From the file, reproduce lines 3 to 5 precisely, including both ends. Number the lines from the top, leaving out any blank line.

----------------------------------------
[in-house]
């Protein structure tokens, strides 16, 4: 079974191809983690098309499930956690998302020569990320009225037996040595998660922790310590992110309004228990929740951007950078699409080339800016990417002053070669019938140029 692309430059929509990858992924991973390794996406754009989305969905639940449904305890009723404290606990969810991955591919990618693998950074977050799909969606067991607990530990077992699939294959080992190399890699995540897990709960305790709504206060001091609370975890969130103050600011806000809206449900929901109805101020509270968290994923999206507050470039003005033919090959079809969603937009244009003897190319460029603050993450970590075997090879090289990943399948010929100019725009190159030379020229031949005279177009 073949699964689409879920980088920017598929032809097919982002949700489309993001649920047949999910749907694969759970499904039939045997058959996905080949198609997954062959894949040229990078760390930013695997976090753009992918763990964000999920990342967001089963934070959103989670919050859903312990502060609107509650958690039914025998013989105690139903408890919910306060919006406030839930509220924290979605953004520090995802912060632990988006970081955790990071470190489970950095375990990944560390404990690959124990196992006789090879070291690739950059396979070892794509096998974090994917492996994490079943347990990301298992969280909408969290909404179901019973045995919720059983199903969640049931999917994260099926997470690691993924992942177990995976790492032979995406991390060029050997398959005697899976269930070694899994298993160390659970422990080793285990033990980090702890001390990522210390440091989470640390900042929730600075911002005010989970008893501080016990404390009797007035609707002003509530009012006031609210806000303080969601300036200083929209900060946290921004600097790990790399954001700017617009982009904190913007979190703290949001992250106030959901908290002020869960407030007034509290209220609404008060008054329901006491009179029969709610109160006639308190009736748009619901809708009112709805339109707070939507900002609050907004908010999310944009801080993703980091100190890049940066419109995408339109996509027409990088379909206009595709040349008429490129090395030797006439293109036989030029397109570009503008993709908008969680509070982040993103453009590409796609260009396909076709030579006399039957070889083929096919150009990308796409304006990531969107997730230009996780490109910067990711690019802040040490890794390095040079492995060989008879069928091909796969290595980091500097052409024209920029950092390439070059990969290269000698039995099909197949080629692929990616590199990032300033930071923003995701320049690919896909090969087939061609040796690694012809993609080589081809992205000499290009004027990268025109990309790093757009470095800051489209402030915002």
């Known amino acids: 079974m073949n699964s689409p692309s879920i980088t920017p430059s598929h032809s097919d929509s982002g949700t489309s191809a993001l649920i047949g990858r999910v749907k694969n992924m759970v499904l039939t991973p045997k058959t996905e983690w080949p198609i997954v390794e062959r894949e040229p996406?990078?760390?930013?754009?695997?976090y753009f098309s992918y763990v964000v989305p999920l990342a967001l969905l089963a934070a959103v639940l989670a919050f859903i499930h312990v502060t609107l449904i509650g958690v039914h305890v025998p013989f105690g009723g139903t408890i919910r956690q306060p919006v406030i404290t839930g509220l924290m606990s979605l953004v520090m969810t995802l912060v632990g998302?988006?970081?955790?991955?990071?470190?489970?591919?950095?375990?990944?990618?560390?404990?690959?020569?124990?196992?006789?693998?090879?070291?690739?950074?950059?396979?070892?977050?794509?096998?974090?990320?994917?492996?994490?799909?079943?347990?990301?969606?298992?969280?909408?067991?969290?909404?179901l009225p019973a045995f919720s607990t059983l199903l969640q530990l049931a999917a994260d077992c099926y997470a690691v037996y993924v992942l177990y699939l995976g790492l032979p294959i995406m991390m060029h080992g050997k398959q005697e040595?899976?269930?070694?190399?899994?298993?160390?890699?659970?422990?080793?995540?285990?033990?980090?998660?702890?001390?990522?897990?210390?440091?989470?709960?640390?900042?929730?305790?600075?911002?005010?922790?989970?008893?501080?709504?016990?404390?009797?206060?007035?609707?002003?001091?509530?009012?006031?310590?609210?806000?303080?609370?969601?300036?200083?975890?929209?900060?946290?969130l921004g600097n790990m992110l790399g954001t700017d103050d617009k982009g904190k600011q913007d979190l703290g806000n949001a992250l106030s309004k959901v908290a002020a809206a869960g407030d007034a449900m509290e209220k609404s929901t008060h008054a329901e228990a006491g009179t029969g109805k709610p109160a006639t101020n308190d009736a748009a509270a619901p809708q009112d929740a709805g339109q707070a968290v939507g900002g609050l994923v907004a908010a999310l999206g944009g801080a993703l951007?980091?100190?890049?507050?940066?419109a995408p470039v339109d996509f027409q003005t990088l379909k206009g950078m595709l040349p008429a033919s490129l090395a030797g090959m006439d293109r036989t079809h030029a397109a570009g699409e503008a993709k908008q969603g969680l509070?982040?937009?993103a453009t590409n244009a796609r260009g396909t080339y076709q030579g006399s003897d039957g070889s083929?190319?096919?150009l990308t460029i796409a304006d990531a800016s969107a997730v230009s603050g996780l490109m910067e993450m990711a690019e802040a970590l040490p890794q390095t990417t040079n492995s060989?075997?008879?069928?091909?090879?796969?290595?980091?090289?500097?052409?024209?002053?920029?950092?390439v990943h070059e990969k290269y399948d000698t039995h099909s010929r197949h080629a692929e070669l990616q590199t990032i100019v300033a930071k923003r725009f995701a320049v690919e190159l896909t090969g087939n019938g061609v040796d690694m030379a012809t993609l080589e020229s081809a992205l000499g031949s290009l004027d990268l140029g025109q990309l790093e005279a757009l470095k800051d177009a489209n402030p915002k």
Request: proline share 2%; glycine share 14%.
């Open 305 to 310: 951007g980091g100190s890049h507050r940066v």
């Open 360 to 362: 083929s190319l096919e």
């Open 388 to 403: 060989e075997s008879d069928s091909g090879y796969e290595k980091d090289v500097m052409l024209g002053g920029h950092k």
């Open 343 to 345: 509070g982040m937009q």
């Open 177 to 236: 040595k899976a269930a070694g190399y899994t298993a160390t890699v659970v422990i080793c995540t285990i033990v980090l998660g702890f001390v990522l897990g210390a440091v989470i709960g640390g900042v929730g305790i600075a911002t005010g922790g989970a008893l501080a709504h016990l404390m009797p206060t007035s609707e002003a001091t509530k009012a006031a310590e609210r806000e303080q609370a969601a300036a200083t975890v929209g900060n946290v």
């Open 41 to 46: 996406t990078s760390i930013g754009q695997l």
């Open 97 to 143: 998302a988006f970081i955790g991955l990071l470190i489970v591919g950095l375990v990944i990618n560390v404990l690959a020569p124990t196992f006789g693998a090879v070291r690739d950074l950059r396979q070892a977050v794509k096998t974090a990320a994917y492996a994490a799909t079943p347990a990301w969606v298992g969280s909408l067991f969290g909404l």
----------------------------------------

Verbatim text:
């Known amino acids: 079974m073949n699964s689409p692309s879920i980088t920017p430059s598929h032809s097919d929509s982002g949700t489309s191809a993001l649920i047949g990858r999910v749907k694969n992924m759970v499904l039939t991973p045997k058959t996905e983690w080949p198609i997954v390794e062959r894949e040229p996406?990078?760390?930013?754009?695997?976090y753009f098309s992918y763990v964000v989305p999920l990342a967001l969905l089963a934070a959103v639940l989670a919050f859903i499930h312990v502060t609107l449904i509650g958690v039914h305890v025998p013989f105690g009723g139903t408890i919910r956690q306060p919006v406030i404290t839930g509220l924290m606990s979605l953004v520090m969810t995802l912060v632990g998302?988006?970081?955790?991955?990071?470190?489970?591919?950095?375990?990944?990618?560390?404990?690959?020569?124990?196992?006789?693998?090879?070291?690739?950074?950059?396979?070892?977050?794509?096998?974090?990320?994917?492996?994490?799909?079943?347990?990301?969606?298992?969280?909408?067991?969290?909404?179901l009225p019973a045995f919720s607990t059983l199903l969640q530990l049931a999917a994260d077992c099926y997470a690691v037996y993924v992942l177990y699939l995976g790492l032979p294959i995406m991390m060029h080992g050997k398959q005697e040595?899976?269930?070694?190399?899994?298993?160390?890699?659970?422990?080793?995540?285990?033990?980090?998660?702890?001390?990522?897990?210390?440091?989470?709960?640390?900042?929730?305790?600075?911002?005010?922790?989970?008893?501080?709504?016990?404390?009797?206060?007035?609707?002003?001091?509530?009012?006031?310590?609210?806000?303080?609370?969601?300036?200083?975890?929209?900060?946290?969130l921004g600097n790990m992110l790399g954001t700017d103050d617009k982009g904190k600011q913007d979190l703290g806000n949001a992250l106030s309004k959901v908290a002020a809206a869960g407030d007034a449900m509290e209220k609404s929901t008060h008054a329901e228990a006491g009179t029969g109805k709610p109160a006639t101020n308190d009736a748009a509270a619901p809708q009112d929740a709805g339109q707070a968290v939507g900002g609050l994923v907004a908010a999310l999206g944009g801080a993703l951007?980091?100190?890049?507050?940066?419109a995408p470039v339109d996509f027409q003005t990088l379909k206009g950078m595709l040349p008429a033919s490129l090395a030797g090959m006439d293109r036989t079809h030029a397109a570009g699409e503008a993709k908008q969603g969680l509070?982040?937009?993103a453009t590409n244009a796609r260009g396909t080339y076709q030579g006399s003897d039957g070889s083929?190319?096919?150009l990308t460029i796409a304006d990531a800016s969107a997730v230009s603050g996780l490109m910067e993450m990711a690019e802040a970590l040490p890794q390095t990417t040079n492995s060989?075997?008879?069928?091909?090879?796969?290595?980091?090289?500097?052409?024209?002053?920029?950092?390439v990943h070059e990969k290269y399948d000698t039995h099909s010929r197949h080629a692929e070669l990616q590199t990032i100019v300033a930071k923003r725009f995701a320049v690919e190159l896909t090969g087939n019938g061609v040796d690694m030379a012809t993609l080589e020229s081809a992205l000499g031949s290009l004027d990268l140029g025109q990309l790093e005279a757009l470095k800051d177009a489209n402030p915002k």
Request: proline share 2%; glycine share 14%.
């Open 305 to 310: 951007g980091g100190s890049h507050r940066v």